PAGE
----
I’m really impressed, to be honest, at how our two directors – Dynn Othman and Koh Zhi Hao – imagined and created this dream-like landscape; how they took the dreamlike qualities of the music and transformed that into something visual. I have no idea how they did it.
You released the EP ‘Inconsistent’ last year. How would you compare this new album with the EP?
I think the EP was sort of a testing ground for me. ‘Inconsistent’ was the first time I tried my hand at assembling any sort of narrative through music, and I think it was great practice for the album.
‘day/dreams’ is a lot tighter, I think. I tried to be more intentional with the sort of things I was including throughout the album, to create a more cohesive listening experience. ‘Inconsistent’ is more like a collection of songs that are sometimes thematically related.
We also read that you are a producer. Could you share with us some of your past works with other artists? As well as a wish list (out of curiousity) of who you would love to work with as a producer?
Yeah! Mmm, I’ve composed a soundtrack for a short film by visual artist Yanyun Chen (who is an absolute genius and one of my favourite people to work with. Shout-out Yanyun!), I’ve made music with local musician Stephycube before – we used to be in a band together. I also have an upcoming performance with Russell Goh, who’s the lead singer of ROYAL ESTATE.
I think I have definitely been itching to work on more collaborations though, but with all the work I’ve had to do on the album I kind of shelved everything else. I’ve been meaning to do a collab with local producer ZIONN for a while – he’s a good friend of mine from school, but we haven’t found the time – and I’m also really keen to work with other producers and vocalists. Working solo is great but I miss the creativity and spontaneity that inevitably comes when more musicians – and music minds – are introduced into the equation! I’ve been dying to feature a talented vocalist like Aisyah Aziz or NyaLi or Yao. I mean to be honest there are so many great voices in Singapore right now!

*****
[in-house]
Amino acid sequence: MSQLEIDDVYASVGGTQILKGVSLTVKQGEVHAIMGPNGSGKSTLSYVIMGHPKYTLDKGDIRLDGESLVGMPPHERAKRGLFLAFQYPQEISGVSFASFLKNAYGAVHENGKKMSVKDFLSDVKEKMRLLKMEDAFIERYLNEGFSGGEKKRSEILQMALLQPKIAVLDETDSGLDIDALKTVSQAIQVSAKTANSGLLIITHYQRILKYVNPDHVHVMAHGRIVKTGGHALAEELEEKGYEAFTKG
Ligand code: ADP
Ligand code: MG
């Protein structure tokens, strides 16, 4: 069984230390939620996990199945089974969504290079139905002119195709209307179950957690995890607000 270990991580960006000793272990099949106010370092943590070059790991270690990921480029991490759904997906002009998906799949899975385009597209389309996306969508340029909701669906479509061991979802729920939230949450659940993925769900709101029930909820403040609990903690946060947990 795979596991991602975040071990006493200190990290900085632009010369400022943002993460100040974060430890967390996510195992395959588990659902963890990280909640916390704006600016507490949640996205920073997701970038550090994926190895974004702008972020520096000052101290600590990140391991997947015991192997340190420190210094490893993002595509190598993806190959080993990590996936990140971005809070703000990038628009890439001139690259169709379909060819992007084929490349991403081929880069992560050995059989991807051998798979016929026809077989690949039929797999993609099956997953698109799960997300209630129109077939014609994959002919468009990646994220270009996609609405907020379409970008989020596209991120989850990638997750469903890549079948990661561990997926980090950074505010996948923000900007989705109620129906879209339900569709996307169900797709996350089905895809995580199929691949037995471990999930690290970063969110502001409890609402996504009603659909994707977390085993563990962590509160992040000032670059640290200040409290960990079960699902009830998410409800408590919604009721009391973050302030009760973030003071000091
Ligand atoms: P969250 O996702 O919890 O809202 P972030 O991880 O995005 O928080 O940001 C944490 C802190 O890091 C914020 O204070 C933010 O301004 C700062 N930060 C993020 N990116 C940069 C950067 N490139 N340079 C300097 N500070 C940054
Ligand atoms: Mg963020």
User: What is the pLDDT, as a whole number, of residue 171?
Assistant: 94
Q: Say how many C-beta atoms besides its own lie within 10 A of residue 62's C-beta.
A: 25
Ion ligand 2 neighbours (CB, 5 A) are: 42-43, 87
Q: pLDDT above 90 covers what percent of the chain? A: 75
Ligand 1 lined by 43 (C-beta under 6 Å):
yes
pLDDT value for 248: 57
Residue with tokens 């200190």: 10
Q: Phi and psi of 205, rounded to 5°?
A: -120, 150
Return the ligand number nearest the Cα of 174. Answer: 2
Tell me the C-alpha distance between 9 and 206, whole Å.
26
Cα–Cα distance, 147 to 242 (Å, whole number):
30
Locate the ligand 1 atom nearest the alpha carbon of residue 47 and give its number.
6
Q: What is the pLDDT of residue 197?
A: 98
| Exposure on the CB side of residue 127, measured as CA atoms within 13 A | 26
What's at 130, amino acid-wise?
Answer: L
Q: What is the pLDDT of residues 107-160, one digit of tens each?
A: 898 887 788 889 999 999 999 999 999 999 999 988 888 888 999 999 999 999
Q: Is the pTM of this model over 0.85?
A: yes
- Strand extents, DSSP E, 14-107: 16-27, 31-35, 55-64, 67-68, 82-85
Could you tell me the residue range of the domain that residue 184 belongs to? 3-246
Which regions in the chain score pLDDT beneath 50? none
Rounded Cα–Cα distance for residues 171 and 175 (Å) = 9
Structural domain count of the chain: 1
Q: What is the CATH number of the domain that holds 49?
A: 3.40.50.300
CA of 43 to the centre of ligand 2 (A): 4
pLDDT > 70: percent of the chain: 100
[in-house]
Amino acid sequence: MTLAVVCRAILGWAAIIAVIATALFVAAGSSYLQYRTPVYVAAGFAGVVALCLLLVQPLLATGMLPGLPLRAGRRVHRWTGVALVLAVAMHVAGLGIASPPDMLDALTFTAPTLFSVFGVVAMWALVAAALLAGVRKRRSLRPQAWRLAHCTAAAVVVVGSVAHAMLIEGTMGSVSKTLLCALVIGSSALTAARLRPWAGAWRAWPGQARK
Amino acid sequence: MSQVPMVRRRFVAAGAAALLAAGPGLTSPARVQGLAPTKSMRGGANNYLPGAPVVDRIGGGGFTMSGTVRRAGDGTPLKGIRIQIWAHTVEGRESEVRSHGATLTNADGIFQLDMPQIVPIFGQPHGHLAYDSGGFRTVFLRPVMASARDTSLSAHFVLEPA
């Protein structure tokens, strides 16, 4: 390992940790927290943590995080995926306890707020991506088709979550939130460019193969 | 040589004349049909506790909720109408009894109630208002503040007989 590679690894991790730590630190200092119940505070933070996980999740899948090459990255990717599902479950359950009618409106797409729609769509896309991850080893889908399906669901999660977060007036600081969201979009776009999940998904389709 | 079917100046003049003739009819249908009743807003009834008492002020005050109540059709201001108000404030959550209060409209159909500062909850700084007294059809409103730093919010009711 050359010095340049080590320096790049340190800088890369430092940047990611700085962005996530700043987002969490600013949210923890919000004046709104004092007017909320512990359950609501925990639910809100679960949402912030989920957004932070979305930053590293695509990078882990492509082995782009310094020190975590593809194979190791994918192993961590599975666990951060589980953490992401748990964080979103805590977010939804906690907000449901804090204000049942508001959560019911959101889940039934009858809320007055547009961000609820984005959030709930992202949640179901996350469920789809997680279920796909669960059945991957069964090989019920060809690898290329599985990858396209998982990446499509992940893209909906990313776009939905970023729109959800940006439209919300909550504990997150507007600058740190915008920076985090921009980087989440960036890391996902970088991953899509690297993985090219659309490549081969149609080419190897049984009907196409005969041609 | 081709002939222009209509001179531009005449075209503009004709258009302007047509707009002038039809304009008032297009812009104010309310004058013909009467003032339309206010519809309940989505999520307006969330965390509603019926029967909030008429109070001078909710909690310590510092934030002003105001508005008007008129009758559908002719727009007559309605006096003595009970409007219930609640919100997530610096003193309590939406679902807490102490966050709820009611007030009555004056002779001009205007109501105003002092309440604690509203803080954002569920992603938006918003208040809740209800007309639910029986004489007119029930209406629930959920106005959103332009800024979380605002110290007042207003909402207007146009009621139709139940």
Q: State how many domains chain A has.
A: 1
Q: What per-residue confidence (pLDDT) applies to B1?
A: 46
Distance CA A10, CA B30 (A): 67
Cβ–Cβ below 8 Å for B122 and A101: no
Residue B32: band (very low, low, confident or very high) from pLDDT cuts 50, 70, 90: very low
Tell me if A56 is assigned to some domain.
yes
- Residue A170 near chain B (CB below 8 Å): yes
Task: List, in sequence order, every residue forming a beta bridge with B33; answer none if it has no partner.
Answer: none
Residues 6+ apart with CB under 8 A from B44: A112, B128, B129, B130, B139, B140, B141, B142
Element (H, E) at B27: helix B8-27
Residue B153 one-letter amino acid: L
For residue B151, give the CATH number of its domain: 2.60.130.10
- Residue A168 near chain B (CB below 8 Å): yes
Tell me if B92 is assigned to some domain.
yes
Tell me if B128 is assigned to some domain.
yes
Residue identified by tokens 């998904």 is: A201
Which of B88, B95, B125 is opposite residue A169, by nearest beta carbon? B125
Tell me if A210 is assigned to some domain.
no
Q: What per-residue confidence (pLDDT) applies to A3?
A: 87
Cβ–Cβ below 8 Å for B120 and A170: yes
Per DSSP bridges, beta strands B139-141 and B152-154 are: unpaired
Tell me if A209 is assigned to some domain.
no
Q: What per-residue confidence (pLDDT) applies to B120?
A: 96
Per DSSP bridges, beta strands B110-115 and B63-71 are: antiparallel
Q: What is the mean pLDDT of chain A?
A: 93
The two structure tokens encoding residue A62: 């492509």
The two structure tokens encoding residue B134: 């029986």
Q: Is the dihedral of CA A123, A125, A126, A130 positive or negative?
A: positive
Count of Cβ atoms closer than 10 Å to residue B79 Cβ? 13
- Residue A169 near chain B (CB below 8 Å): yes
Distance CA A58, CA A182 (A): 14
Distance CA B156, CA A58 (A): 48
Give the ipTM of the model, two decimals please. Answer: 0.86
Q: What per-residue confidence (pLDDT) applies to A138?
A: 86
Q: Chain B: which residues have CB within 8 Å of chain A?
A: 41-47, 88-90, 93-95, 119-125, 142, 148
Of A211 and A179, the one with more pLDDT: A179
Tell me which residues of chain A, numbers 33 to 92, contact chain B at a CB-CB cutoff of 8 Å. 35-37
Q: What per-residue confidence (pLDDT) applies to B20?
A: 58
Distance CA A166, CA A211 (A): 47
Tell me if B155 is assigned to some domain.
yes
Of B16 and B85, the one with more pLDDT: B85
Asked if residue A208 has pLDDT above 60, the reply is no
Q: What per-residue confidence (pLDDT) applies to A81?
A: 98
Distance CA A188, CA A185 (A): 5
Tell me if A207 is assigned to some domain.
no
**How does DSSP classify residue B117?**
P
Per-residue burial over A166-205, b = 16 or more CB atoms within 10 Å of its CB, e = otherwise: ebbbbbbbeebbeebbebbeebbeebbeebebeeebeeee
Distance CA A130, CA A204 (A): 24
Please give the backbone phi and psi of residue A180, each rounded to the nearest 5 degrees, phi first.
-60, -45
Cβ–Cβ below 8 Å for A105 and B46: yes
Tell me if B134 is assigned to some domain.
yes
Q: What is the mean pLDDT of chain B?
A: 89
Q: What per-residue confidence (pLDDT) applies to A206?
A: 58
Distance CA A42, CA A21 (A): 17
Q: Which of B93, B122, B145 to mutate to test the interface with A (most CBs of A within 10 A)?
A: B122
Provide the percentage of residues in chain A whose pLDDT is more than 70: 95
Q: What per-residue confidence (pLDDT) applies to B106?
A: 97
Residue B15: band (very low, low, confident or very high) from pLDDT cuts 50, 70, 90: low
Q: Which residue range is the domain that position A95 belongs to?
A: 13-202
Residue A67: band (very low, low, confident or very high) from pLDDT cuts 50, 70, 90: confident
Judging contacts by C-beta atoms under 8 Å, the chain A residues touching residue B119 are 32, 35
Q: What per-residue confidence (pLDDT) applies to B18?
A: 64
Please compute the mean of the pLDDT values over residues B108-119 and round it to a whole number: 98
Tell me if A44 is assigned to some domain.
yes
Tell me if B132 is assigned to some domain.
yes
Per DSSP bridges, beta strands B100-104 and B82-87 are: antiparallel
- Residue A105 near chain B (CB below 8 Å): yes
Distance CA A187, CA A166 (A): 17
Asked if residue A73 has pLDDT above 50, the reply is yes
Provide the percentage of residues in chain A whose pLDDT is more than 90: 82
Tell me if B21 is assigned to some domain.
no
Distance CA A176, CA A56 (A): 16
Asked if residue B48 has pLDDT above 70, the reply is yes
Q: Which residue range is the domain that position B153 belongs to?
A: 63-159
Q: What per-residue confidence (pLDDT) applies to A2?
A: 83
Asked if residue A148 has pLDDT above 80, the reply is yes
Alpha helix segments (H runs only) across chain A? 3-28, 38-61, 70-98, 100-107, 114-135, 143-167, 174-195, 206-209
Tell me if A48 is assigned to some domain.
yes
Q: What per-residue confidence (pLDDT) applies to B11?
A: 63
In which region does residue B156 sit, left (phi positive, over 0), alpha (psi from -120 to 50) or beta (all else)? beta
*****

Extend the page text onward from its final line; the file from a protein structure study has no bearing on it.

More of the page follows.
Finally, now that the album is out, tell us what’s upcoming for yams?
ANOTHER ALBUM!!!!! I’ve been itching to get back to writing for months at this point, but it feels like I have to finish this album first, you know? Like, don’t start Season 2 until you’ve finished watching Season 1. Or something like that. I’ve been thinking about themes around self & gender. But it’s too early to tell! Maybe it’ll be an album about teh tarik.
For the launch, yams commissioned 10 artists of different mediums, each crafting animations reflecting and responding to songs and themes of the album. The listening party will showcase all of their emotive and moving work, each paired with their respective songs. These artists include celebrated local artist, Yanyun Chen, recipient of the Young Artist Award in 2020, pixel artist and actor, Numhom Techalapanarasme, animators, Nicky Kang, Shelby Ellis Goh, Andrew Kwan, visual artists, Alexis Chen, Vanessa Thian, and Farheen Asim, and videographers and photographers, Abel Koh, Dynn Othman, and Koh Zhi Hao.